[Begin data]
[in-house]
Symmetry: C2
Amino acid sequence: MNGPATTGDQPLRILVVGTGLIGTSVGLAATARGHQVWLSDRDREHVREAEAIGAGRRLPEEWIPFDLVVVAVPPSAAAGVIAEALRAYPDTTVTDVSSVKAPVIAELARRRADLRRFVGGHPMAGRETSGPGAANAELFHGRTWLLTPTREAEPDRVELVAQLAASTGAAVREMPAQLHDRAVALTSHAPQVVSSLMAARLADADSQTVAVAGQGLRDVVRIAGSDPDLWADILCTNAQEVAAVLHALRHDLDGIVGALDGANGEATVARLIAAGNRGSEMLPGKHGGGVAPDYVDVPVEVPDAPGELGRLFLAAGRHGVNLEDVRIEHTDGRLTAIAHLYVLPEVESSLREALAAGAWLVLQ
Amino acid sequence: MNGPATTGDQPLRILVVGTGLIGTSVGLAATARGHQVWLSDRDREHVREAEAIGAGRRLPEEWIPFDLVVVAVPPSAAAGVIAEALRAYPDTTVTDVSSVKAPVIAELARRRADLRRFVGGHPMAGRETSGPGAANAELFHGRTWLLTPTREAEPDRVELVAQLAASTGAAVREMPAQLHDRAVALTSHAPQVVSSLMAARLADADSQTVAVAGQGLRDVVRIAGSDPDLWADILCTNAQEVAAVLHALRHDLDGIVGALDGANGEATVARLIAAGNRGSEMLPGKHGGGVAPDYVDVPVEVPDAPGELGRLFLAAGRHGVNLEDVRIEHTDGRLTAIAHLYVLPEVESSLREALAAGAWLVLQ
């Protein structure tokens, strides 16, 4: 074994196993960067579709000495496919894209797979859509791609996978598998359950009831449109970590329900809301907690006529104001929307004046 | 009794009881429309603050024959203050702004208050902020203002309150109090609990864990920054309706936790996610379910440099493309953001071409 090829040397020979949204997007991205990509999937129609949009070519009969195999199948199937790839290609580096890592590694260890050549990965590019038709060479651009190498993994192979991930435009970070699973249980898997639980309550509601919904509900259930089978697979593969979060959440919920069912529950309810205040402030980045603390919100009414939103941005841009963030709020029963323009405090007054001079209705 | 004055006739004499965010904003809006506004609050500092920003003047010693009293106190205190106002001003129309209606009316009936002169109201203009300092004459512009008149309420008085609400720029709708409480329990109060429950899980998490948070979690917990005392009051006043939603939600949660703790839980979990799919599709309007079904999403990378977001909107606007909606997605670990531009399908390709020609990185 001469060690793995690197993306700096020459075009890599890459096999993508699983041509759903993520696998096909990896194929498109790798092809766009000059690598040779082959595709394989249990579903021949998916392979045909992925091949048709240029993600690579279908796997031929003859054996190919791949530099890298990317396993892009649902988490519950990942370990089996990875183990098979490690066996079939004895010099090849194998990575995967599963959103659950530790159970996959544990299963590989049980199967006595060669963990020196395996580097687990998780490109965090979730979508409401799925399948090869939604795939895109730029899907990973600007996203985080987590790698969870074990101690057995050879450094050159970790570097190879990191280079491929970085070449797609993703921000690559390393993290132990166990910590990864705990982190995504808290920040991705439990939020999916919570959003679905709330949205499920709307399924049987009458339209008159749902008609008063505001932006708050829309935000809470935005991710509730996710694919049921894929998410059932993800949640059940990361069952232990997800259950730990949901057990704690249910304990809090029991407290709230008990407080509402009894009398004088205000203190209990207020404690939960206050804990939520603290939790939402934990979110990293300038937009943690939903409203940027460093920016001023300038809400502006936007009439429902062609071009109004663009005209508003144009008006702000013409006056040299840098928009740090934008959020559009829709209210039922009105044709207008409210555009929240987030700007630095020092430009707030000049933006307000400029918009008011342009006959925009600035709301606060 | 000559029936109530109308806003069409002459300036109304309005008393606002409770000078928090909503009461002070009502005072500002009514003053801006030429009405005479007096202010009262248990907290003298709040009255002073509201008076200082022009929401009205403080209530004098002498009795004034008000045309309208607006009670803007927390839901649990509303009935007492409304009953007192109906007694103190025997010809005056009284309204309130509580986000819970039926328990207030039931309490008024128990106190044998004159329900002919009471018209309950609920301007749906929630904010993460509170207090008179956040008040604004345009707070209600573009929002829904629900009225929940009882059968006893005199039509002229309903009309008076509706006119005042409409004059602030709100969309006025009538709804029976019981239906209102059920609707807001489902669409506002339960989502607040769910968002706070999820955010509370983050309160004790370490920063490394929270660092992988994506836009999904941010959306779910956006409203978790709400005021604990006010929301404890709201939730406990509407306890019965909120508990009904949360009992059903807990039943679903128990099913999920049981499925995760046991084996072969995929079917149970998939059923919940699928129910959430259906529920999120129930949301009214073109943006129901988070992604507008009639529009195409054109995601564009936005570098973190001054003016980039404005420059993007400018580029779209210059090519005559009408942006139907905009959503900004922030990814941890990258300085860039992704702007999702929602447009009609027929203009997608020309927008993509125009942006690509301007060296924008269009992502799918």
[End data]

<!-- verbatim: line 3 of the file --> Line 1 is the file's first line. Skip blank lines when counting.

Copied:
Amino acid sequence: MNGPATTGDQPLRILVVGTGLIGTSVGLAATARGHQVWLSDRDREHVREAEAIGAGRRLPEEWIPFDLVVVAVPPSAAAGVIAEALRAYPDTTVTDVSSVKAPVIAELARRRADLRRFVGGHPMAGRETSGPGAANAELFHGRTWLLTPTREAEPDRVELVAQLAASTGAAVREMPAQLHDRAVALTSHAPQVVSSLMAARLADADSQTVAVAGQGLRDVVRIAGSDPDLWADILCTNAQEVAAVLHALRHDLDGIVGALDGANGEATVARLIAAGNRGSEMLPGKHGGGVAPDYVDVPVEVPDAPGELGRLFLAAGRHGVNLEDVRIEHTDGRLTAIAHLYVLPEVESSLREALAAGAWLVLQ